I’m in Abu Dhabi right now, attending the World Future Energy Summit and getting a chance to check out the first finished buildings in Masdar City. I’ll have more on the summit and the city tomorrow, but I wanted to focus on something else today. I often write on this blog about rapidly the planet has developed over the past few decades, how quickly technology has changed our lives—materially, at least, for the better. I was born in 1978, and if you’d stuck me in a TARDIS and dropped me in the present day, much of the world would be barely recognizable. Laptops, the Internet, iPhones, iPads, flat-screen TVs—in a short time, technology has altered who we are, what we do and how we make money.
Yet I’m not sure that’s the biggest change that’s happened to America over the past 45 years or so. The social revolution over those years—civil rights, gender rights and gay rights—is even more momentous. Today is Martin Luther King Jr. Day. It’s been a little more than 40 years since he was killed in Memphis, but the social change that has come to America in the years since is astonishing—and if you doubt that, all you have to do is look at the White House. That isn’t to say that as a country we don’t have miles to go still on every one of those issues, issues that still remain contentious, but we’ve come a long way since the Mad Men-era—in only half a lifetime.
For greens the next question is obvious—if Americans could change so quickly on civil rights, can they change on climate and energy as well? That’s what Climate Progress asks in a post today:
Whereas the civil rights movement was trying to undo a terrible multi-century-long moral wrong, the challenge for climate science activists (the future generations rights movement?) is that we are trying to prevent a terrible multi-century-long moral wrong. That mission will require even more eloquence, even more commitment.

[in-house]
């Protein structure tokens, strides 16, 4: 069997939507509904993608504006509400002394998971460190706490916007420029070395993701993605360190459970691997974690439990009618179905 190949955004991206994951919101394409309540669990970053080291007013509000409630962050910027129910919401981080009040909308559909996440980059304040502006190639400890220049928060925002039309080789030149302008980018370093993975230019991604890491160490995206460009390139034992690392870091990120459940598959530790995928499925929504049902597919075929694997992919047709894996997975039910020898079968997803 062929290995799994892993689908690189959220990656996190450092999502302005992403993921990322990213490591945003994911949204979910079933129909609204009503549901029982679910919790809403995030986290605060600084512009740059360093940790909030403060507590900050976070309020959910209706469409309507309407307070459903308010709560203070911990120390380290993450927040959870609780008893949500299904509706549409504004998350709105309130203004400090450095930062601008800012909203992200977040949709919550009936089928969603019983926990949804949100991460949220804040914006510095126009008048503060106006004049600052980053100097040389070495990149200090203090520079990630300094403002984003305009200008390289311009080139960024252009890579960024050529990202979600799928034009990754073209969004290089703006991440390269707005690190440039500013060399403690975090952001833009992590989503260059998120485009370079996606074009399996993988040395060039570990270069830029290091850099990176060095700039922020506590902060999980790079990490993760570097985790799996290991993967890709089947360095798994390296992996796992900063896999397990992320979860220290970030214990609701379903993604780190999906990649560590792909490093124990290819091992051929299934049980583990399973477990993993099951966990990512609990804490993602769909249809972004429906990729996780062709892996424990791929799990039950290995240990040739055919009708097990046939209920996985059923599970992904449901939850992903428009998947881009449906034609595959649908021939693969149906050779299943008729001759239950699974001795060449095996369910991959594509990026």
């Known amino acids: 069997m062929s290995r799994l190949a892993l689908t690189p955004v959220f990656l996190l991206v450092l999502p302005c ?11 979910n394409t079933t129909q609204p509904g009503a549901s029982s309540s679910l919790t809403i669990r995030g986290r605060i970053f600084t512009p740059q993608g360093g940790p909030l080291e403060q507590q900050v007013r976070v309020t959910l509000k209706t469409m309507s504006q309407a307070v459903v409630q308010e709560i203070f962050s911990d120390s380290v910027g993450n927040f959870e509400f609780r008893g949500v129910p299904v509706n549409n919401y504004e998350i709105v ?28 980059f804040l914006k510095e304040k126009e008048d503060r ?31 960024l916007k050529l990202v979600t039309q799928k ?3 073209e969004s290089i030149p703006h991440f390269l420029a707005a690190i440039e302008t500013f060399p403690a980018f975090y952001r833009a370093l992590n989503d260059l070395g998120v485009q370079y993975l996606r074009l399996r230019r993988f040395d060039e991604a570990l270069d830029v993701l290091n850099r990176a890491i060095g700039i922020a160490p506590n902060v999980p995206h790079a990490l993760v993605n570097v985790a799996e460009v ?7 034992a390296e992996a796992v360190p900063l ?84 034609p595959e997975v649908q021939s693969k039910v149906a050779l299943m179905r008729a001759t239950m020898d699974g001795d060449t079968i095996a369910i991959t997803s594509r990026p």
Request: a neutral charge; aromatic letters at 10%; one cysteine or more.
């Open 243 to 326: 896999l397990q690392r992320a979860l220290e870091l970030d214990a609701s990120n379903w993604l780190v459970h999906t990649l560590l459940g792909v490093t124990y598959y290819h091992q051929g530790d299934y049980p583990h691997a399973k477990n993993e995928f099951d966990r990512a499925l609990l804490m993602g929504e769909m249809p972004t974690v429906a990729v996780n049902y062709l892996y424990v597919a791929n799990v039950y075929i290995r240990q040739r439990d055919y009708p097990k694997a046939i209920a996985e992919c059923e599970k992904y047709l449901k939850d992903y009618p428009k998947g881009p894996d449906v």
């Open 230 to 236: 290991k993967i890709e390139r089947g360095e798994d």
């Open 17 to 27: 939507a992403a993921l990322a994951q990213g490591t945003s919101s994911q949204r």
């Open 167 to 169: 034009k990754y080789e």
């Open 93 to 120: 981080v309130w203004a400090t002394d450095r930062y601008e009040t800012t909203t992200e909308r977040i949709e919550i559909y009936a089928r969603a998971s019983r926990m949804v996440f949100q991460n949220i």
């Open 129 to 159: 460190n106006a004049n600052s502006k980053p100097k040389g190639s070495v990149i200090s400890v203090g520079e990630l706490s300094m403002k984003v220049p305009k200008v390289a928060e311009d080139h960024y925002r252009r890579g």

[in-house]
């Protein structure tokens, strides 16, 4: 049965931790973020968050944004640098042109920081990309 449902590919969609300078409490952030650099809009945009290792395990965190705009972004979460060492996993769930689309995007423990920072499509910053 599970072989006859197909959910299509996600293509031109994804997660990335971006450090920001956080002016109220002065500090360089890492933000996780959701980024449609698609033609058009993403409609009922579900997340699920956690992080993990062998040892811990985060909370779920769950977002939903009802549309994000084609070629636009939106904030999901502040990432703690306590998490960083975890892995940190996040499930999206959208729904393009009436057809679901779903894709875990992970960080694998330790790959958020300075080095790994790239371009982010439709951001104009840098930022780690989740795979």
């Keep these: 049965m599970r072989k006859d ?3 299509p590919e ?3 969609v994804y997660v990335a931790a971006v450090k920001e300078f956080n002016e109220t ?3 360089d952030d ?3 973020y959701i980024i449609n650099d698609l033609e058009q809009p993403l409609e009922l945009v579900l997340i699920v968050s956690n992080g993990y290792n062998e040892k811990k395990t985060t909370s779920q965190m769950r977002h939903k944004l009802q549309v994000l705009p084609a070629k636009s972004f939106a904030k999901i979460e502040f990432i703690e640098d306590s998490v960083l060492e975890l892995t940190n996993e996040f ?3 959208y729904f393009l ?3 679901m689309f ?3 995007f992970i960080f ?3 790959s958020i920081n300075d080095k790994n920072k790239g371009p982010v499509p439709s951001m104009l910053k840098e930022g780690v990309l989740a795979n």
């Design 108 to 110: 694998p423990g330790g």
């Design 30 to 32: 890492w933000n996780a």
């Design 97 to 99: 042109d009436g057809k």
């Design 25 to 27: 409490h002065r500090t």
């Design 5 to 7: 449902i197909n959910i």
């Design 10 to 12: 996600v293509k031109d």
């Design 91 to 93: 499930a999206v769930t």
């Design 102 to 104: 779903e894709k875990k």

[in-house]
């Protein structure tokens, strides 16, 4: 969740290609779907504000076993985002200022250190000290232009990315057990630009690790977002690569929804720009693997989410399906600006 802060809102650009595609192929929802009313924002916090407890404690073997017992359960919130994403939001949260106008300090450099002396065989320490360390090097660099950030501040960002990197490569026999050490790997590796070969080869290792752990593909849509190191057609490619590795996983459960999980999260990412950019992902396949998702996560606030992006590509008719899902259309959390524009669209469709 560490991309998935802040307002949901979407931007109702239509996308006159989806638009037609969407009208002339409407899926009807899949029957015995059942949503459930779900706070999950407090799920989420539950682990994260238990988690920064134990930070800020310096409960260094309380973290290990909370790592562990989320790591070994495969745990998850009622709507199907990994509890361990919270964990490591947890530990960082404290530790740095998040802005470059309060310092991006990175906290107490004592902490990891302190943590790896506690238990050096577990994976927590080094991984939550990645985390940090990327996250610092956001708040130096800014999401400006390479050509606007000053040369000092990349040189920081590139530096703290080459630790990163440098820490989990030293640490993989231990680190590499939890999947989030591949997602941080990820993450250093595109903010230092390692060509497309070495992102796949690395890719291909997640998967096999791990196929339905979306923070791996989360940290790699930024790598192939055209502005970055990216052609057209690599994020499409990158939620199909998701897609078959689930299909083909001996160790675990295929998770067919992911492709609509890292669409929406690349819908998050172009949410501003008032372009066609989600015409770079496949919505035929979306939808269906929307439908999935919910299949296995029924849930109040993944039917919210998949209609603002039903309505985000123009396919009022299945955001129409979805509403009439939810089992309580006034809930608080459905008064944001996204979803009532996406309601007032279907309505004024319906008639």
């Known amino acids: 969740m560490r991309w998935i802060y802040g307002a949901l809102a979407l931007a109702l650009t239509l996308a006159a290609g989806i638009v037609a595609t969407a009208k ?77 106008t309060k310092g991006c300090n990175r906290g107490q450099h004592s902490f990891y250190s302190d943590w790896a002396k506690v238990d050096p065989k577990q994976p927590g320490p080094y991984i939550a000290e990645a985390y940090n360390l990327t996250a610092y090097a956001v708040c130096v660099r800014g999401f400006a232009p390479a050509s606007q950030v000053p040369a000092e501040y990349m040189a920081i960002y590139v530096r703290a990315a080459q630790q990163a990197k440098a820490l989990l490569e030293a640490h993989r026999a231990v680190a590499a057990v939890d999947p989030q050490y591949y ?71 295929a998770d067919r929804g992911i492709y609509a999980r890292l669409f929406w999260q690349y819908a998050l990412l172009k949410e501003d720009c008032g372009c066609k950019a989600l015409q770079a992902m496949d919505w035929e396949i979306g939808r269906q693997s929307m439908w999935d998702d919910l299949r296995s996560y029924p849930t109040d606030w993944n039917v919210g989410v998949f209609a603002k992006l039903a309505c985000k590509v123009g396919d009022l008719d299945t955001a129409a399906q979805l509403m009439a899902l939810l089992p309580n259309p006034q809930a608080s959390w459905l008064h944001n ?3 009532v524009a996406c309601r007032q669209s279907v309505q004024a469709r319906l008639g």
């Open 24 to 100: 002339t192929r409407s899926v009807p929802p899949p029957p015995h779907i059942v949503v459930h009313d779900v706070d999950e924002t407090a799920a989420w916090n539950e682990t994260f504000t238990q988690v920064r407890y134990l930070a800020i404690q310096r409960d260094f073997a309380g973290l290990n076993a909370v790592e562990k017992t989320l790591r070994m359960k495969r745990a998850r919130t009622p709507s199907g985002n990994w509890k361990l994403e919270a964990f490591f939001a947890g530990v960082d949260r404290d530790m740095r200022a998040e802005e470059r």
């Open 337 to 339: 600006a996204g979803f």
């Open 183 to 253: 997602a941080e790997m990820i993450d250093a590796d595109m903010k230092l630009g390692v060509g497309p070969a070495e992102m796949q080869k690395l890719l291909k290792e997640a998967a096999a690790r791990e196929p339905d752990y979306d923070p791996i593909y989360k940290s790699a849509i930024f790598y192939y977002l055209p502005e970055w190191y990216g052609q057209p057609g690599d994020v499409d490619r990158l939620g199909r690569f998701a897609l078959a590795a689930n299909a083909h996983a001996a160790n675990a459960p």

I think Climate Progress is right to argue that we may need the equivalent of a new civil rights movement built around climate and energy—at least if we’re going to make rapid reductions in our carbon emissions, which will require changes in behavior and changes in politics. (If you take a more sanguine view of climate change and believe accelerated technological change can get us there, albeit more slowly, you might just need new gadgets, not new beliefs, but it’s a gamble either way.)
We haven’t gotten there yet—in fact, in the U.S., greens generally seem to be losing support. There’s a million and one reasons for that, but it’s worth remember that civil rights or gay rights were hardly universally popular when advocates like Martin Luther King Jr. or Harvey Milk began pushing them. In some parts of the country, in some parts of the public, they’re still not very popular. But though there have been setbacks, over the past several decades the U.S. has become increasingly progressive on civil rights, gender rights, gay rights—and that’s been ratified in the courts, at the ballot and in public opinion.